Tuesday, November 27, 2012

No Lincoln Assassination?

An alternate ending for Spielberg's movie Lincoln?  Did the movie close on a Lincoln who escaped assassination and lived the remainder of his days in seclusion?


The above refers to an Internet hoax that I heard about from a movie buff friend of mine who saw a post about it. Later he couldn't find it to send to me.  (I suspect the Spielberg attorneys were all over it and the item was pulled almost immediately.) 

Whether or not that particular hoax existed, if even for just a few hours, the fact that it existed at all is interesting.  Other than befuddling film goers, what purpose was served?  What were the creators of the hoax trying to say?  What was the point?

Bottom line - it is amazing what people are willing to believe because they read it on the Internet.  The Web has been a terrific boon for research and communication, but like all good things, there is a dark side. Here it comes - not everything one reads on the Internet is true.  In fact, State Farm is currently running a cute commercial about that. You've probably seen it - the young woman who tells her neighbor that only the truth can be posted on the Internet.
So back to what the hoaxers want to accomplish.  No doubt they hope to modify the behavior of anyone who reads their post. They want people to do something or not to do something. They seek to control or entertain or be thought provoking.  (I do not immediately assume that all hoaxes are created for nefarious purposes.)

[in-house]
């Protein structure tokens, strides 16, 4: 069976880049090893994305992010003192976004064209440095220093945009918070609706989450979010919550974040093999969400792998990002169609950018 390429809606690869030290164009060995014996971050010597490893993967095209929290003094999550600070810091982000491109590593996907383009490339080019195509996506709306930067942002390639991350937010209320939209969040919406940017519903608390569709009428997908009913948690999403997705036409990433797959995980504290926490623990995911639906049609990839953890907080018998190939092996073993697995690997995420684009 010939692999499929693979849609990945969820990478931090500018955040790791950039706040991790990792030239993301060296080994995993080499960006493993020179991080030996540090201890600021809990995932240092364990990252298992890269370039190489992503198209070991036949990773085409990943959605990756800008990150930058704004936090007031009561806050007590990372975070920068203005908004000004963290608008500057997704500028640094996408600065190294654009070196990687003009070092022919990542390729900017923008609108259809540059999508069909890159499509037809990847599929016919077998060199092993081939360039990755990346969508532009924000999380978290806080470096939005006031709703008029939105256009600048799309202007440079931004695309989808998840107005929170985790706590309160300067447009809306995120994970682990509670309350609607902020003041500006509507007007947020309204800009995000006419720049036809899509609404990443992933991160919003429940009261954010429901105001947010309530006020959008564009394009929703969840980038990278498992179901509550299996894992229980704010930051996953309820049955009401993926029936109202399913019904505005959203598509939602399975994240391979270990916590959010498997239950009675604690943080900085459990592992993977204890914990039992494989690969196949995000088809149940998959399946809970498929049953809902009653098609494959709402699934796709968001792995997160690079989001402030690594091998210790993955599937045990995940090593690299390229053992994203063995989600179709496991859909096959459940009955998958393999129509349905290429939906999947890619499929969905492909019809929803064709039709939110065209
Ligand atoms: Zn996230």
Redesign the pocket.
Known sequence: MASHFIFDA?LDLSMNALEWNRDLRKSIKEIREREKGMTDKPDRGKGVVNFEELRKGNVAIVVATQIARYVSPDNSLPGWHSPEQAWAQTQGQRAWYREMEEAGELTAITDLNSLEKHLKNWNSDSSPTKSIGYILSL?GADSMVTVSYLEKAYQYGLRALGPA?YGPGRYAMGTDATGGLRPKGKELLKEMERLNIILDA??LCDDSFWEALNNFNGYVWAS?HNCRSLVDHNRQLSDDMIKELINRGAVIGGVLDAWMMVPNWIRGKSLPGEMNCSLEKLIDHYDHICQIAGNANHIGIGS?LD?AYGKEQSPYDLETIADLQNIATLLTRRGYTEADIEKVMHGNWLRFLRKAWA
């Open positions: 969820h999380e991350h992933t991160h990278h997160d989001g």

In this case, the hoax designers may have aimed at influencing box office receipts for the opening weekend just to see if they could. Or perhaps there was a disgruntled employee who wanted to get back at someone associated with the film.  Maybe the prankster is a serious history buff forcing people to consider how different things would be if Lincoln had not been killed.

No matter the motivation, while you consider why a hoax was perpetrated and what the prankster is trying to say, please remember that it is a hoax.

Tuesday, November 20, 2012

Freebie Texting Shifts the Paradigm

As soon as a company charges for a service, there will be someone out there who will devise a way to get it for less or for free.  It may be an individual and it may be a competitor, but things always change.

Recently on MSN Money I read about the fall in the number of texts with interest. I don't see people's thumbs sitting idly attached to their hands. Fingers and thumbs still fly across phone keypads so, if texting is down, what are those digits doing?

They are texting...for free.  (Read the full article here.)

The number of texts is not down. The quantity from which wireless carriers earn fees is down. Big difference.

A friend of mine is a perfect example. She does not have texting service through her carrier. However she does own an iPhone so she is able to text to friends and associates who also have one. She doesn't do a lot of texting but she has the capability if she wants or needs it.  Apple may know how often she uses the option but AT&T does not.  Plus AT&T gets no benefit from it.

The only way to know if the amount of texting is truly down is to have a count of the number of texts and compare it during specific time frames. Less revenue does not mean there is less communication.  It just means the communication method is changing.  Texting, then tweeting, and then? 

Only one thing is for certain. Whatever comes next must begin with a "T."

Wednesday, November 14, 2012

Politicians Must Justify Existence

Now that the election is over, let's examine a ballot question that arose in Arizona.  No, not immigration and not taxes. Proposition 120 would have shifted federal control of the Grand Canyon to the state. I first read about Proposition 120 in late October while researching something for my next book and  it stopped me in my reading tracks.